ST. PETERSBURG, Fla. - Mike Jaber knows just about everyone who walks into his store.
It’s part of the reason St. Pete Free Clinic and city leaders chose Rajax Food Mart and Meat Market, which is located at 2327 Dr. Martin L. King Jr. Street South, as the first FRESH Pace Healthy Neighborhood Store.
"He’s already so embedded in the community, is really on the pulse of what our neighbors need, has great relationships, and because this program is all about leveraging the existing strengths of a neighborhood and building on infrastructure, we knew this would be a great first opportunity to launch this program and go from there," Jennifer Yeagley, the St. Pete Free Clinic’s CEO, said.
The program is using about $500,000 from American Rescue Plan Act money to add healthy food options and recipes to six stores in low-income areas of St. Pete that don’t have a grocery store nearby.
As of May 2021, $45 million in ARPA State and Local Fiscal Recovery Funds was budgeted to continue the COVID-19 response and help create an equitable recovery for residents in St. Pete. More than $1 million was allocated for food security, which includes the FRESH Pace Healthy Neighborhood Store Program.
"Store owners that we've identified have not necessarily been able to offer these types of products at an affordable cost to the consumers who come here, and so this drives down the cost of healthy food, makes it more accessible. And it's right here at the store that people already go to," Yeagley said.
She said they spoke to nearly 100 stores in eight census tracks identified by the city as low-income and low-access to nutritious foods.
"Our plan is to keep this program going as long as we are able and not just stop at the first six stores that we identify as part of the first chapter of this with city support," Yeagley said. "We're hoping to continue to receive support from our partners at the city, other entities, other partners, so that we can really get into every possible store that exists in neighborhoods of high need and make this program happen."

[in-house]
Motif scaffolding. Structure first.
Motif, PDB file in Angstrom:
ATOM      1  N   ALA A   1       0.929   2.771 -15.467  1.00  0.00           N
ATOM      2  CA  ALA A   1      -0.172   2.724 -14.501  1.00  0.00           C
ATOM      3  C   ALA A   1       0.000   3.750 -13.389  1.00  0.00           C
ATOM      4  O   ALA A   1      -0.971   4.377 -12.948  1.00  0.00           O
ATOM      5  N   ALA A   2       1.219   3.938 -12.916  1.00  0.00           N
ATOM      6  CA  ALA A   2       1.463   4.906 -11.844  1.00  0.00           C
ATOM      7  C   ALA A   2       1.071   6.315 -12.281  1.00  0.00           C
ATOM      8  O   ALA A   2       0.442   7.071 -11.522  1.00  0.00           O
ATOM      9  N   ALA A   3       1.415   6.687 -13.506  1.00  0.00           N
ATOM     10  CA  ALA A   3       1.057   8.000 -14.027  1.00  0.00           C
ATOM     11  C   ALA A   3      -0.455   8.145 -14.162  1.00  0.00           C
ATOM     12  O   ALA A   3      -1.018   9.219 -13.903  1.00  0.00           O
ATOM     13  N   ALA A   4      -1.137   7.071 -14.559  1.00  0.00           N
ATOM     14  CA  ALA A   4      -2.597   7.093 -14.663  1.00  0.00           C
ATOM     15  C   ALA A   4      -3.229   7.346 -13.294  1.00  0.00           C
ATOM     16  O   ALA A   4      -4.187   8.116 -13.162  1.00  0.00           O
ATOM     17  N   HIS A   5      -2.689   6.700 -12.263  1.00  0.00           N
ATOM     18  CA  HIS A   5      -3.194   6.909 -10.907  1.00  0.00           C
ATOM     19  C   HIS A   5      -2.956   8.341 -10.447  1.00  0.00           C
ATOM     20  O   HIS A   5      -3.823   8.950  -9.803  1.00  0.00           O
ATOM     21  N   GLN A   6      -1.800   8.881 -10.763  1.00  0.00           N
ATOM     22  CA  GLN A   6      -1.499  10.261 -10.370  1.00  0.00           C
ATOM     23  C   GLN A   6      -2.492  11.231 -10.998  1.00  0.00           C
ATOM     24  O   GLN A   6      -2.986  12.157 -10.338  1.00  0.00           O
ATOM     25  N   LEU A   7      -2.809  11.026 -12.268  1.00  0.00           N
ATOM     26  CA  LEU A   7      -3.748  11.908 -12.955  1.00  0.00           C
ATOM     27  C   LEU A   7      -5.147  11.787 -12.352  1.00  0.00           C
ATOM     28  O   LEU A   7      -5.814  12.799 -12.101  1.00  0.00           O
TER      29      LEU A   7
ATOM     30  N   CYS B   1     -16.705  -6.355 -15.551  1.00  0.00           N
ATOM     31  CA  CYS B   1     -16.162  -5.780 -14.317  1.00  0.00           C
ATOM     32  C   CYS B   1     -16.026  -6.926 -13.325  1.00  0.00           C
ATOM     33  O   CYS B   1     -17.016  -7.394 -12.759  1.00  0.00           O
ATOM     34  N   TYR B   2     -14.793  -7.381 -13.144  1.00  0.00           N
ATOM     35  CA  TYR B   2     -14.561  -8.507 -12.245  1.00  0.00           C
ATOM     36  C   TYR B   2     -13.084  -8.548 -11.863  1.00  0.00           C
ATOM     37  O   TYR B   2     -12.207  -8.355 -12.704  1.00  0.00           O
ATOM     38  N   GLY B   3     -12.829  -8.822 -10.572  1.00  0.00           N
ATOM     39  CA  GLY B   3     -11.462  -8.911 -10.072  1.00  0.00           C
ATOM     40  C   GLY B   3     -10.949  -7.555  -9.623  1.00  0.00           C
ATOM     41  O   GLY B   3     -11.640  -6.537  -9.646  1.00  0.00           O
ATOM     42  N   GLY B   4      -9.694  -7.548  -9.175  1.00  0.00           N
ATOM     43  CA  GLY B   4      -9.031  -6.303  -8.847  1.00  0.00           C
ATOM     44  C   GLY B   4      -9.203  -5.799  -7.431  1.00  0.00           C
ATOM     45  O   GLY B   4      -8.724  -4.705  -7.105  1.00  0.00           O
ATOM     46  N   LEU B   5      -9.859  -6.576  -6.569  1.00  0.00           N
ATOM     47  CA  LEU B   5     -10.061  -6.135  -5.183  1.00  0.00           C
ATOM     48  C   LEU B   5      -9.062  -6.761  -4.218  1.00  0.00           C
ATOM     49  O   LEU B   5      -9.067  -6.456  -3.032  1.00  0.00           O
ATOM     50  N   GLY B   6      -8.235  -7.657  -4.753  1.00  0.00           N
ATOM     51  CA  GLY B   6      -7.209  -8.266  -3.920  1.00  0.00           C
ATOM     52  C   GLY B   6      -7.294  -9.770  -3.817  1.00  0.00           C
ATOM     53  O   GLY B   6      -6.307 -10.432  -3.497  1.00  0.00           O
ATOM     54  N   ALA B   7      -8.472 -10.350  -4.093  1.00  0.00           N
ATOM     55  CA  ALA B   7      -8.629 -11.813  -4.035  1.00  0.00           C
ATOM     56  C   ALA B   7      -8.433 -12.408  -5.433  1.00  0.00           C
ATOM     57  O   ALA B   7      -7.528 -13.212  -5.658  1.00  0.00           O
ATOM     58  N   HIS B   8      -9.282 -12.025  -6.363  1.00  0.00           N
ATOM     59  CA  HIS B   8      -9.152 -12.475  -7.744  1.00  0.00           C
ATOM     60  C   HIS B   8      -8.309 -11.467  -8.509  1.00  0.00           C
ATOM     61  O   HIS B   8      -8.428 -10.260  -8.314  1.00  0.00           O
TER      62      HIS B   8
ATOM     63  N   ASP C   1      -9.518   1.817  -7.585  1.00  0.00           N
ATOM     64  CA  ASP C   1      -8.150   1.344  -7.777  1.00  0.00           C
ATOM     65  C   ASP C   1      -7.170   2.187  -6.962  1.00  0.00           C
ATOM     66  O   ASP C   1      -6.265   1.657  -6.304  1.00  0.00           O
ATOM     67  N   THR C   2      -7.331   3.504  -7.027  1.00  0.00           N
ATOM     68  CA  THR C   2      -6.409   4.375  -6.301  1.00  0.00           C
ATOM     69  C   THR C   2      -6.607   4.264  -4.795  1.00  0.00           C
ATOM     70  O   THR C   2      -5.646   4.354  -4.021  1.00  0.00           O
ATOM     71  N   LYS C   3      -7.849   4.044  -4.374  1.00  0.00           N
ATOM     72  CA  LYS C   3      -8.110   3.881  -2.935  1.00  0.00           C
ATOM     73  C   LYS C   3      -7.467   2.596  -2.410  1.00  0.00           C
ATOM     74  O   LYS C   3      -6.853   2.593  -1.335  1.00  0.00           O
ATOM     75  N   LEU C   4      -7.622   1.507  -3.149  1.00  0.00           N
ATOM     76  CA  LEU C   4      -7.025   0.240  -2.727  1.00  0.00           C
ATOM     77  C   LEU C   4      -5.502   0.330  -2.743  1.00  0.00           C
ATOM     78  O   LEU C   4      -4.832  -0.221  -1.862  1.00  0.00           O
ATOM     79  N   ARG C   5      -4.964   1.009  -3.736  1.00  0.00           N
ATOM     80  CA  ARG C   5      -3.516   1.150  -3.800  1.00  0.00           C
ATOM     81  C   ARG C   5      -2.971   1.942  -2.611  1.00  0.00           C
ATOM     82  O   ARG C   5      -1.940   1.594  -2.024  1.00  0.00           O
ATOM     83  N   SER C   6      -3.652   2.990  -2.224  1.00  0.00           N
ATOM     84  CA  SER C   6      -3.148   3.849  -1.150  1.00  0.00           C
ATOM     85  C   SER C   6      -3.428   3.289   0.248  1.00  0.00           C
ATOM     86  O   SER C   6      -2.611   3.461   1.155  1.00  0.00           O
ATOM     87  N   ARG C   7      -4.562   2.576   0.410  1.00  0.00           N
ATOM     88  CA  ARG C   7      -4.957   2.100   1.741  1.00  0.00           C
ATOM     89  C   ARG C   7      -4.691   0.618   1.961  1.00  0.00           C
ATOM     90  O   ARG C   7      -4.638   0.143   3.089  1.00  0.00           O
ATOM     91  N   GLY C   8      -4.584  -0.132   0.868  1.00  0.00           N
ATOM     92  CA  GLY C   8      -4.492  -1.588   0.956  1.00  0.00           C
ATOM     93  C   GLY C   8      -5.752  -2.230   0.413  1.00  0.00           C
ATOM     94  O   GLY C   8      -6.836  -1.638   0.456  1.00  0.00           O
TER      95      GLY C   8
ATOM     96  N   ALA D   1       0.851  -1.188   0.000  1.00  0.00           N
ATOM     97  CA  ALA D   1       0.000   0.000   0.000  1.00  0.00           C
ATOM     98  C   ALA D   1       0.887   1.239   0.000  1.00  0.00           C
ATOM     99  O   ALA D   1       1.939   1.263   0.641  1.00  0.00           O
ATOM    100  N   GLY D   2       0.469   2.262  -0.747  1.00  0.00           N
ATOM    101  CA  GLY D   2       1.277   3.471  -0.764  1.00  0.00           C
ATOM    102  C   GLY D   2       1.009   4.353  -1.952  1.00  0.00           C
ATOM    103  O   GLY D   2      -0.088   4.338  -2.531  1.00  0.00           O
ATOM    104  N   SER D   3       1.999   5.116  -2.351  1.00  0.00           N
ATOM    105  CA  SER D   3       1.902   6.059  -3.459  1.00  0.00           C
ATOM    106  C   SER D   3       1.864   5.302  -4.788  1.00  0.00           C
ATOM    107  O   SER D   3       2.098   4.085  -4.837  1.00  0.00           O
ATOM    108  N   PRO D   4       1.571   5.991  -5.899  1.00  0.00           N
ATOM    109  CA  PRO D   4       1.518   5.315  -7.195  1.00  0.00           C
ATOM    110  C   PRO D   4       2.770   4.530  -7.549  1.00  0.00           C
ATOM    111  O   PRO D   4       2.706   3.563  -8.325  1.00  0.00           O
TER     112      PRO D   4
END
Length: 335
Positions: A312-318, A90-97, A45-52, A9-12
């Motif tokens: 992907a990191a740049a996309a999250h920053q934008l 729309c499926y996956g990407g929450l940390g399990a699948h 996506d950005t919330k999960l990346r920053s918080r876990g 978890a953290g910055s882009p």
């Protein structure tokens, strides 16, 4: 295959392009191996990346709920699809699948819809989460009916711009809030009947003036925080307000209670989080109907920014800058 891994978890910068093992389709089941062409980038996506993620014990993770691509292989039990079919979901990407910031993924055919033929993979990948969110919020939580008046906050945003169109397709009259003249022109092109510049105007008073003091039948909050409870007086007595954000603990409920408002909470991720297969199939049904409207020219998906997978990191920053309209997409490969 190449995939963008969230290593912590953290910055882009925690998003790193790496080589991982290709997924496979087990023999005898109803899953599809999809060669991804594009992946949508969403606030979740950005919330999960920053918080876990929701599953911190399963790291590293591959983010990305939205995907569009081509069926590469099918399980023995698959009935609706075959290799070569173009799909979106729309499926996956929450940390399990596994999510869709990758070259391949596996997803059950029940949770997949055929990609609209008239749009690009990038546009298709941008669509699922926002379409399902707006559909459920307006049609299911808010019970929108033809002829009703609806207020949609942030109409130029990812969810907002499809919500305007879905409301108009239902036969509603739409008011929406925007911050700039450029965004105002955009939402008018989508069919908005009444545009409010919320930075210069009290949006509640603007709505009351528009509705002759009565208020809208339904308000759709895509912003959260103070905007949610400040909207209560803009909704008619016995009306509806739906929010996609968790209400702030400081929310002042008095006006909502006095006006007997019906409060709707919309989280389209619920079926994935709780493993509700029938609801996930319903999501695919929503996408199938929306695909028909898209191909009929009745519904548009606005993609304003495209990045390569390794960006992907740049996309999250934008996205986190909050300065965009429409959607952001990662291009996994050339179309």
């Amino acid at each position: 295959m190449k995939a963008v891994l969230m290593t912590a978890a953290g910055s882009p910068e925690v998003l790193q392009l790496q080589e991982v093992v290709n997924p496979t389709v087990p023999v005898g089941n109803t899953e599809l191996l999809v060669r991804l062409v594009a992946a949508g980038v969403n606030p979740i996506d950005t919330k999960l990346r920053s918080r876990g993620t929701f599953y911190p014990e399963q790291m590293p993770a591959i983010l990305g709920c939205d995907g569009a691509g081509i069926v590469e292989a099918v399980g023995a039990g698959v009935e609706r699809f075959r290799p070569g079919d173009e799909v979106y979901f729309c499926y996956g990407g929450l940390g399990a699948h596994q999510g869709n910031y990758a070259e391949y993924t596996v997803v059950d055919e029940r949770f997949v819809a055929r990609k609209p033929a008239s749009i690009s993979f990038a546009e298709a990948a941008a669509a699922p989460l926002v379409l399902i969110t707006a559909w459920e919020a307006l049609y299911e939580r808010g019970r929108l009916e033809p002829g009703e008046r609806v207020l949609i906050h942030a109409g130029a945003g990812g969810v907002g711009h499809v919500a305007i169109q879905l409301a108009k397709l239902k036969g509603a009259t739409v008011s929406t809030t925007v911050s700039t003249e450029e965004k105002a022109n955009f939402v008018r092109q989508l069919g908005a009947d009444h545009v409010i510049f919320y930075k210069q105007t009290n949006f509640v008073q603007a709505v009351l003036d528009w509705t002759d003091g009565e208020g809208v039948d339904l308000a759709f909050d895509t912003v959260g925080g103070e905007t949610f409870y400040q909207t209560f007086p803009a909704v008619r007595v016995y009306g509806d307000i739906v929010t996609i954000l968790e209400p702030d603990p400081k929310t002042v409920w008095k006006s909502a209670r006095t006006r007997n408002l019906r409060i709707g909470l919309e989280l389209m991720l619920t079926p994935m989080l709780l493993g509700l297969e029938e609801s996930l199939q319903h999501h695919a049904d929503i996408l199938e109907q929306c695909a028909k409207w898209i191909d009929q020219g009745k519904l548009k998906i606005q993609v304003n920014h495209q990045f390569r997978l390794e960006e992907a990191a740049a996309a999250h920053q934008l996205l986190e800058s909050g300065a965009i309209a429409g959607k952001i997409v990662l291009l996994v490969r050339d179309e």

Jaber said customers are excited about the new addition.
"I love the fresh vegetables and don’t want to go to other stores," one customer shopping on Tuesday said. "It’s convenient."
Jaber said it was an honor to be the first store chosen for the program.
"It was a big step for us, because they brought us two brand new produce coolers and a shelf that we can display more of the fresh vegetables and the fruits," Jaber said. "Otherwise, we had like an older one, and we didn't have the space to display everything that we needed," he said.
"A lot of people, they don't have the means to travel to go to the big supermarkets. They don't have the cars or the transportation," Jaber said. "Anything that we could do for the community, I’m all in."
According to Yeagley, the number of people St. Pete Free Clinic is serving has skyrocketed since the pandemic. Before the COVID-19 pandemic, they served about 6,000 people a month in their food pantry. Now, they serve about 35,000 a month.
"The gap is widening between the nutritious food that people need and what they can afford, and we're more in neighborhoods that don't have the infrastructure of a grocery store. Leveraging the existing structure of a neighborhood store like this helps us close that gap of nutrition equity," she said.
Yeagley said they plan to open the next store in a few weeks at Lakeview Food Mart in South St. Pete.